The National Basketball Association is a week away from completing perhaps the most competitive regular season in the history of the post-expansion era. And heaven only knows what's going to happen in the playoffs.

"In just about every year, you had a pretty damned good idea of who the super teams were," said Phoenix general manager Jerry Colangelo. "Now, nobody even wants to guess at a winner. It's gonna' be wide open. Hey, the whole season has been that way. It's been crazy."

Indeed, it has been a year of significant change in the NBA. Could anyone possibly have predicted that Phoenix, one of last year's championship finalists, would now be 15 games under .500 and eliminated from the playoffs.

The world champion Celtics have struggled all season to stay above .500. The Golden State Warriors, with 59 victories and the best record in the league a year ago, are in third place in the NBA West with a chance to win no more than 47 for the season.

There have been other major flip-flops. A year ago, the Lakers, with much of the same personnel but a different coach, lost 42 games. They currently own the best record in the league.

The Houston Rockets, two games under .500 last year, merely have the longest winning streak of the year (nine games), a 47-31 record and the lead in the NBA Central.

The Portland Trailolazers, eight games under .500 a year ago, are now 45-33 and in the playoffs for the first time in the club's history.

The Midwest Division has had the biggest turnaround of all. Detroit, 36-46 in 1975-76, its now 42-35. Kansas City, 31-51 a year ago, is 40-37 and locked in a down-to-the-wire race with Chicago for a playoff spot.

The Bulls? They're only the most improved team in the league. They won 24 games under Dick Motta a year ago. They can win as many as 45 if they streak to the finish.

"There's only one way you can explain what happened," said Philadelphia general manager Pat Williams. "You spell it ABA, and I'm amazed as anyone.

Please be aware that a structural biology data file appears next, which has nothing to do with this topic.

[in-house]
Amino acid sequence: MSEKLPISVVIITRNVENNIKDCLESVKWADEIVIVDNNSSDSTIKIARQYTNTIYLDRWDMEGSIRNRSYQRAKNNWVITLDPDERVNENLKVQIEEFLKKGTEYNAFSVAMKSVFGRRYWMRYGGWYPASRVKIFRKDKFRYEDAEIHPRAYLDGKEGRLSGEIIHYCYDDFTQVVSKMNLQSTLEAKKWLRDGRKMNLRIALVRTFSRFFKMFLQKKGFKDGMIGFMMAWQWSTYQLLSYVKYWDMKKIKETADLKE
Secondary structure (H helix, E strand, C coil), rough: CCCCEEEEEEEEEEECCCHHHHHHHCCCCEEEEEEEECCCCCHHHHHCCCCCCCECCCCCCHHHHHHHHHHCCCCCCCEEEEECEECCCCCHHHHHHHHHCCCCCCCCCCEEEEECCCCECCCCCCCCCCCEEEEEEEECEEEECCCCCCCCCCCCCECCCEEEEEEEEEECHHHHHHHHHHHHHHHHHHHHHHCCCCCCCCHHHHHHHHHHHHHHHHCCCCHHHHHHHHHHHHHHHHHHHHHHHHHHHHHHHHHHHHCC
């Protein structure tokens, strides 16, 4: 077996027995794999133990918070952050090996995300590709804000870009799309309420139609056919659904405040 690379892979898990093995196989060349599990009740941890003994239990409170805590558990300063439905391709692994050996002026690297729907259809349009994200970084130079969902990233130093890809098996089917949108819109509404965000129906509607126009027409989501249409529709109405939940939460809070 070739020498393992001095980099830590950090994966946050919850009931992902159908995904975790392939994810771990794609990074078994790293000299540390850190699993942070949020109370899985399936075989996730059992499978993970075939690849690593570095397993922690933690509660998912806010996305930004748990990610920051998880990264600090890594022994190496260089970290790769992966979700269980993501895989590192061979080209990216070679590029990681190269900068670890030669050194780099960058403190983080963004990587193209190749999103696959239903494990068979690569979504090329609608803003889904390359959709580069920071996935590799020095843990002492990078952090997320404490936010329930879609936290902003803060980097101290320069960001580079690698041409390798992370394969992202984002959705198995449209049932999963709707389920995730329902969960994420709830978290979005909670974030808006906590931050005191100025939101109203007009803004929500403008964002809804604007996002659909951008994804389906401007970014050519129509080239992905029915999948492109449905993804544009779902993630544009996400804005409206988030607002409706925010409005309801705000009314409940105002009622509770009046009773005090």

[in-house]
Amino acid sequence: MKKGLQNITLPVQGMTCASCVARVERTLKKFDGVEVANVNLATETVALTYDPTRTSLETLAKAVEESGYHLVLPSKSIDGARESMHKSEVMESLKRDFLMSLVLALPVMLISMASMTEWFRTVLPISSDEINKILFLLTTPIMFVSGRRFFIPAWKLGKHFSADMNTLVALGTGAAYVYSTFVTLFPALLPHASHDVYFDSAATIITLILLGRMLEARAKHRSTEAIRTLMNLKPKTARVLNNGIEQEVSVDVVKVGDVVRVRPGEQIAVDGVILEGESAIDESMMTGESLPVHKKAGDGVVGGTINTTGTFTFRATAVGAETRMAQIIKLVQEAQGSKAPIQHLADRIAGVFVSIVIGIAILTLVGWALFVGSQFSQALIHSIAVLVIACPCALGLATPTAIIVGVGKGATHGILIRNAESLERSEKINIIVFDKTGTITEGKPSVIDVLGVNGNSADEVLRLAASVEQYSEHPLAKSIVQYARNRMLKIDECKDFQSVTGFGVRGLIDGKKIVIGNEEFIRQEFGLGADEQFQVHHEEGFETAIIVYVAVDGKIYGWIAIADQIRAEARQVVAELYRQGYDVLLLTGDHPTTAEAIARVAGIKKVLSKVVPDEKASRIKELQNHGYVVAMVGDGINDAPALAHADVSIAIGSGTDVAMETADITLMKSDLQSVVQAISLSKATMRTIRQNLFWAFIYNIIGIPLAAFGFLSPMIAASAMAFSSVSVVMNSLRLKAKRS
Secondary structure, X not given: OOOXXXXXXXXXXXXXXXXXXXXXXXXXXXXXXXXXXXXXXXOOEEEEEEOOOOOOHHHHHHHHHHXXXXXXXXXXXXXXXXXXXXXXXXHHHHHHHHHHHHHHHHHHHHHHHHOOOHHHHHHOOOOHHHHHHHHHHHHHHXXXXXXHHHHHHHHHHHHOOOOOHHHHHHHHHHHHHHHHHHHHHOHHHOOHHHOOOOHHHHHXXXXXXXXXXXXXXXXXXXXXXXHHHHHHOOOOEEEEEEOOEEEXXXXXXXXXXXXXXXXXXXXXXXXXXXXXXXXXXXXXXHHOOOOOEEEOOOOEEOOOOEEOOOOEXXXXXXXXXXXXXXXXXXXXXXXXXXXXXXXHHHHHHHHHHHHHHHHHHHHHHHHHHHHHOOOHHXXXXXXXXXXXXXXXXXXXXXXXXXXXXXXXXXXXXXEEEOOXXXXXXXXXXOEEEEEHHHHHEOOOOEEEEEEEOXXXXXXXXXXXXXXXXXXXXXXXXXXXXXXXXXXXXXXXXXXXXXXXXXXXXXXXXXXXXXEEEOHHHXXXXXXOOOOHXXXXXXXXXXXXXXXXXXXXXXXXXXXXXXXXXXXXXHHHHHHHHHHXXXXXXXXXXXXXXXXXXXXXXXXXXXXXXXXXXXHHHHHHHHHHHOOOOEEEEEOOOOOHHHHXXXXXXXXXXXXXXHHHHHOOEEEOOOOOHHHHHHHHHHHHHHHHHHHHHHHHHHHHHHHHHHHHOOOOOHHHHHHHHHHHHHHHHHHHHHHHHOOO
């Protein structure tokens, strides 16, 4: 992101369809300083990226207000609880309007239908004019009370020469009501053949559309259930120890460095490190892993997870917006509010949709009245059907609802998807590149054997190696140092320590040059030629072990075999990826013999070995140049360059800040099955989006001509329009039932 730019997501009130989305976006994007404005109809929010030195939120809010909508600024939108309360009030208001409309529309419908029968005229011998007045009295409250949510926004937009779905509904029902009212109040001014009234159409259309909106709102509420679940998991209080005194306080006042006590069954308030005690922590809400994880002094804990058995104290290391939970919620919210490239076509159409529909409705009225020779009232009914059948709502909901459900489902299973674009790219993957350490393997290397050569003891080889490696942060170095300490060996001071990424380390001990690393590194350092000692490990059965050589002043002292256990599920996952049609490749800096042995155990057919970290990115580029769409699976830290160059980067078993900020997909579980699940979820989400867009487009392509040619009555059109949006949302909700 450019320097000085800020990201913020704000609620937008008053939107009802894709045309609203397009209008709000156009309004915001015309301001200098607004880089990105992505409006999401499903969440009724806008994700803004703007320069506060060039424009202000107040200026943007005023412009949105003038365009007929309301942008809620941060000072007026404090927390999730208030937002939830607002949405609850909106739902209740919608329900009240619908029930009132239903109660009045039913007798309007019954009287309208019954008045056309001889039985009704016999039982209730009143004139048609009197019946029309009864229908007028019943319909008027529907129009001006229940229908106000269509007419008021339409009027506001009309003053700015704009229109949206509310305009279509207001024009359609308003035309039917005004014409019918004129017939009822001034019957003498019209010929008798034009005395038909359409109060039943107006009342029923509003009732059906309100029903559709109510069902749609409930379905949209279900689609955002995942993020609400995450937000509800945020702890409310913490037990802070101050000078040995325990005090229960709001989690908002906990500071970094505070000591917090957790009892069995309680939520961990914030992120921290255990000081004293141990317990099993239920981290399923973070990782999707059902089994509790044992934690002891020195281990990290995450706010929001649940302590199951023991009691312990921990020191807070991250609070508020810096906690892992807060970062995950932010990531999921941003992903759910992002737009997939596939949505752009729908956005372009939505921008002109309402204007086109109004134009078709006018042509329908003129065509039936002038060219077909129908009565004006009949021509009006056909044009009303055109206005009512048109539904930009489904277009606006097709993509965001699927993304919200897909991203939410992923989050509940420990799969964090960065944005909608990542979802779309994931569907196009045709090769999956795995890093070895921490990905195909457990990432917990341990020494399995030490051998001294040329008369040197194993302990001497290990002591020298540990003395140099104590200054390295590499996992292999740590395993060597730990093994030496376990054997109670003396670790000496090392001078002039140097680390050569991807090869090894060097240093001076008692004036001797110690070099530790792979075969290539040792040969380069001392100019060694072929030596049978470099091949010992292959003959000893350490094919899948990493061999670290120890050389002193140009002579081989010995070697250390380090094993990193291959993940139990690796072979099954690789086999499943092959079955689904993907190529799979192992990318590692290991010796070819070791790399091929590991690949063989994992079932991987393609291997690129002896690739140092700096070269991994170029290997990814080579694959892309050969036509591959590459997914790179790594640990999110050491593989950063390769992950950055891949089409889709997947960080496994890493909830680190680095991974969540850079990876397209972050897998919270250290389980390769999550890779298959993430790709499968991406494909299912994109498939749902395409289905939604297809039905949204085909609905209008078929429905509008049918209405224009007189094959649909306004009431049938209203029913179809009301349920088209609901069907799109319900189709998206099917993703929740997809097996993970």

"When they first came in the league, well, I was an NBA purist. I scoffed at that league. I knew they had some great players, but I had no idea about guys like Don Buse (Indiana), Dave Twardzik (Portland) and Claude Terry (N.Y.) Nets).

"I've been wrong. I would say that a year ago that league was equal to the NBA. I wouldn't say it then, but I'll say it now. Look at the Kentucky team that folded, guys like Artis Gilmore, Maurice Lucas and Caldwell Jones. They'd be frightening."

One only need look at the current NBA rosters to understand the impact the merger of the two leagues last summer has had on the professional game.

The Philadelphia 76ers, with former ABA players George McGinnis, Julius Erving and Caldwell Jones leading the charge, will probably be slightly favored to win the NBA title.

Former ABA players acquired in the dispersal draft or by trades played significant roles in the turnarounds at Chicago (Artis Gilmore), Houston (Mosses Malone), Portland (Maurice Lucas, Twardzik); Kansas City (Brian Taylor, Ron Boone, Jim Eakins and Detroit (M. L. Carr, Marvin Barnes, Ralph Simpson).